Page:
Alonnisos is a beautiful, green island situated in the north-west of the Aegean Sea, about 40 kilometres from Pelion on the Greek mainland. It belongs to the Northern Sporadic group of islands, which from a geological standpoint are contiguous with the mainland, despite the intervening submerged area. Alonnisos is a roughly oblong island, about 20 km long and between 3-4 km wide. The island has a magnificent and varied natural history which has made a deep impression on generations of visitors.
Even as the boat approaches the island, your first impressions are of a landscape rich in contrasts. The western promontory rises precipitously from the sea in rugged cliff formations to a height of 300 meters but soon rolling, green hills emerge from behind the promontory, and a small village appears at their peak. This village, Palia Alonnisos (Old Alonnisos), is the former main settlement of the island.
After another 15 minutes travel along the beautiful pine-clad southeast coast you arrive at the main harbour of the island, Patitiri. The harbour is situated in a small bay with crystal-clear turquoise waters, surrounded by steep, ochre-yellow cliffs. The area behind the harbour is densely developed and the built-up area continues into the next bay, Rousoum, and on into the neighbouring fishing village of Votsi.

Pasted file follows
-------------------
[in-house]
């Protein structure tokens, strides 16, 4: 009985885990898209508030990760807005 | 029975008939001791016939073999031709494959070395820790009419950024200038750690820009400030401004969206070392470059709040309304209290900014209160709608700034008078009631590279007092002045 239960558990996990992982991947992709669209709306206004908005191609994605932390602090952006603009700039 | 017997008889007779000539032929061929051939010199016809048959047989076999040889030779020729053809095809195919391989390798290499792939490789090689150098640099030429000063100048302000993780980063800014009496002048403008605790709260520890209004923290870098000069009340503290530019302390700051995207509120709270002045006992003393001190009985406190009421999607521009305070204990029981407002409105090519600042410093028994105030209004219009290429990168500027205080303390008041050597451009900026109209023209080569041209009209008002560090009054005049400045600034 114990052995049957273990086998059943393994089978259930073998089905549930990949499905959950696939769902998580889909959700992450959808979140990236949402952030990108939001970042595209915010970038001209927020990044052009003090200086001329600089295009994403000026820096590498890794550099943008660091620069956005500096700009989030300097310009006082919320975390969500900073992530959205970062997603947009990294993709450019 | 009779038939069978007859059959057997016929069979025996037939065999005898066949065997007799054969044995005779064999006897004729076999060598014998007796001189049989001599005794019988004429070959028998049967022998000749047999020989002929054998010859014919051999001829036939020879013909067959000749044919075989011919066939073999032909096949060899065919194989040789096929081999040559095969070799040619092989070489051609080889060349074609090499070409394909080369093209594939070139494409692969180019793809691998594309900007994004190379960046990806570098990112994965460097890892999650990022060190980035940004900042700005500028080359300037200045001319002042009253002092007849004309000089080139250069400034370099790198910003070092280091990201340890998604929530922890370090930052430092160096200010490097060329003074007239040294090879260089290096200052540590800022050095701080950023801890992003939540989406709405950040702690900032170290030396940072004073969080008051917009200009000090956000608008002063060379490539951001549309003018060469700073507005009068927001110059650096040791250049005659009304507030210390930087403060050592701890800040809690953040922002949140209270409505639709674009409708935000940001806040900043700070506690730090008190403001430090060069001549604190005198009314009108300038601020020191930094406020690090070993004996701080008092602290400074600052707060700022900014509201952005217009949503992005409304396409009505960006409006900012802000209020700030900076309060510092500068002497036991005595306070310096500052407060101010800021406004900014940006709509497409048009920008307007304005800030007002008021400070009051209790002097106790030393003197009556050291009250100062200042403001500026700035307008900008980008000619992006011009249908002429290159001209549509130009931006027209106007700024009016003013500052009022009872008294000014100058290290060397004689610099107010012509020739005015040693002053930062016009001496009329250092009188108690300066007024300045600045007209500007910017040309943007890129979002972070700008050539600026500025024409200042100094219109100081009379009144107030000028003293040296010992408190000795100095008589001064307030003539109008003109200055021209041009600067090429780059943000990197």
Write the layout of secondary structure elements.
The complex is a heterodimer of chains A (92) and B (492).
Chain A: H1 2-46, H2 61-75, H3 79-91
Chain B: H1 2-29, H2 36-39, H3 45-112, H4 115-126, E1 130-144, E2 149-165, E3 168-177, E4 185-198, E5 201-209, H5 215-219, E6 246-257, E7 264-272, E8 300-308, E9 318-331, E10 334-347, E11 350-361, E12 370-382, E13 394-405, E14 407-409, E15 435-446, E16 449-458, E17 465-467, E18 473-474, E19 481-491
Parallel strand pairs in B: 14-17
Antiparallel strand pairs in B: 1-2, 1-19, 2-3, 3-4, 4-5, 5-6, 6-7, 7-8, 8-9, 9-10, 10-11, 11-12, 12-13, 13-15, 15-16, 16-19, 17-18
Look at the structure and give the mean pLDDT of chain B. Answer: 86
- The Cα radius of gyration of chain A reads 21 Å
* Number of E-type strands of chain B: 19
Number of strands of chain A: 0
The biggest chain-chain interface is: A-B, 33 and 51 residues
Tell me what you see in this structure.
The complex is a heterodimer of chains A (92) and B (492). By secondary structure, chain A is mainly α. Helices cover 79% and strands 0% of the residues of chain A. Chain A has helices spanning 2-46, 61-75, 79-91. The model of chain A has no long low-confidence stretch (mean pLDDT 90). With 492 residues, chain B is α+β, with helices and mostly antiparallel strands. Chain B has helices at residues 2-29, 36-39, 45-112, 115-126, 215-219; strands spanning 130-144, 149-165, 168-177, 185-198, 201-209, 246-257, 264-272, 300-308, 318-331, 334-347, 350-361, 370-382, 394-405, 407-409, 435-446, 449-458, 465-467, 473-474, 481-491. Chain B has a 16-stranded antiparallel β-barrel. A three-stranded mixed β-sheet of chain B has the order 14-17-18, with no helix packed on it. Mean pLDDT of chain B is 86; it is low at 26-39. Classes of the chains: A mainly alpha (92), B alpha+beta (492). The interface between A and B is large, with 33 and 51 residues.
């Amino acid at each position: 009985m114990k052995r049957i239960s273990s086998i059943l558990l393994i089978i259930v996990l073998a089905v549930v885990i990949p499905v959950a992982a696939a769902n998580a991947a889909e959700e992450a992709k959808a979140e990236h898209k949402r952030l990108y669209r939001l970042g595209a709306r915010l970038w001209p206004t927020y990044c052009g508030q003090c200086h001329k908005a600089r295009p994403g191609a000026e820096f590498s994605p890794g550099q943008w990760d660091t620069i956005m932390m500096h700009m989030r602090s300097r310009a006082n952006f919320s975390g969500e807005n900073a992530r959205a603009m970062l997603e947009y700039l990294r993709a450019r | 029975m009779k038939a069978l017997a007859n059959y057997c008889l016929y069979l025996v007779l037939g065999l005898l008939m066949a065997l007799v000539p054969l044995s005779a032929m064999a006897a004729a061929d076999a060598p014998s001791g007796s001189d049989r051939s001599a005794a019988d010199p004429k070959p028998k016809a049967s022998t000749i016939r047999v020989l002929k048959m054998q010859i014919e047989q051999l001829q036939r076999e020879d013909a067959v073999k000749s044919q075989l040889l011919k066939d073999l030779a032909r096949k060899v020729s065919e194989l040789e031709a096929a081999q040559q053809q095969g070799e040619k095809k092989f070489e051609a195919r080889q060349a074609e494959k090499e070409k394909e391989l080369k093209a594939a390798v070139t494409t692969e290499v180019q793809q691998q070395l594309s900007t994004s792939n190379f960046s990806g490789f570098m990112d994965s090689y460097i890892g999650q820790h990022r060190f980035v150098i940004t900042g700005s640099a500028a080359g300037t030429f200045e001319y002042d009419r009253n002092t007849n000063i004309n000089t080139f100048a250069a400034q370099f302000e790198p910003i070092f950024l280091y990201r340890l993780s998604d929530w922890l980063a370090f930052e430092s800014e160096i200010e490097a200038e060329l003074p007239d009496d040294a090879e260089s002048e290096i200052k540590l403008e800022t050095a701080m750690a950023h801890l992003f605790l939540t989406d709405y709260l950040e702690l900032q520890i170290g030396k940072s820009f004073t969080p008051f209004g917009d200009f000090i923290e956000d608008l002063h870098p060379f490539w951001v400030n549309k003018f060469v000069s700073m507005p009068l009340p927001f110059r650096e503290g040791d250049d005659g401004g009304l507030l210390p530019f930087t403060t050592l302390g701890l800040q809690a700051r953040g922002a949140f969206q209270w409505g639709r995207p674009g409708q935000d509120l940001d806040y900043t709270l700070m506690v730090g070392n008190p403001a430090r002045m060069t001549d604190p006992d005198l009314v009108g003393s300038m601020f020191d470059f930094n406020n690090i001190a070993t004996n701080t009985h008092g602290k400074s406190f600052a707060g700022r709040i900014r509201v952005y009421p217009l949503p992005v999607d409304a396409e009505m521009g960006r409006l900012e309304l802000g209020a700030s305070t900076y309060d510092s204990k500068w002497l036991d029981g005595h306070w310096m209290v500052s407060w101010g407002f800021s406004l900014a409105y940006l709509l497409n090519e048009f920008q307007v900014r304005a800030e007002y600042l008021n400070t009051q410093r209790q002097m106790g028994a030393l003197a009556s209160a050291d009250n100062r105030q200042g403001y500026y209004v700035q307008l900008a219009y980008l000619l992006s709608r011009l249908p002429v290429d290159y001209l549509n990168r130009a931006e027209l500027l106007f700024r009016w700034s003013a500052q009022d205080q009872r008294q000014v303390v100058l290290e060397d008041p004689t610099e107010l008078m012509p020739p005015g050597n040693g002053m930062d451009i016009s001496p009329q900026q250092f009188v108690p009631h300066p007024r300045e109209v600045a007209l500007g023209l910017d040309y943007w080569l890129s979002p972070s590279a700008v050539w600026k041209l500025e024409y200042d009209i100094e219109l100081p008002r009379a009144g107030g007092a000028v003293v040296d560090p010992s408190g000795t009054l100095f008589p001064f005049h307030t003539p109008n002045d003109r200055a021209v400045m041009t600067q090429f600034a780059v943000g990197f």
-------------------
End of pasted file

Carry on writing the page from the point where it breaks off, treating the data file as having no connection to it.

If you are interested in hiking or more detailed information about the island take a look in the books Alonnisos on Foot - A Walking and Swimming Guide and The Alonnisos Guide https://bit.ly/3syEl4b.
Apart from these settlements (Palia Alonnisos, Patitiri and Votsi) there are only two more villages, both further up the southeast coast. The first is Steni Vala (by land, 10 km from Patitiri) - a charming little fishing village and home port for many sailors, as it is the last place to take on provisions before visiting the many uninhabited islands in the area. A little further up the coast is the last small built-up area Kalamakia, which consists of a few houses and a small harbour.
Alonnisos offers a great many possibilities to swim in the crystal-clear waters at any of the many bays of the island, each more picturesque than the last, and all very different in character. The colourful landscape, the dramatic shapes of the cliffs and the wide variety of vegetation on the island make it a magnet for nature-lovers; just to take in the fantastic views, or to smell the aromatic herbs that grow all over the island, are wonderful experiences in themselves.
There are many possibilities for hiking in Alonnisos, as many of the old donkey paths are kept open, and most of the areas of the island are easy to reach, even with peaks of up to 474 metres.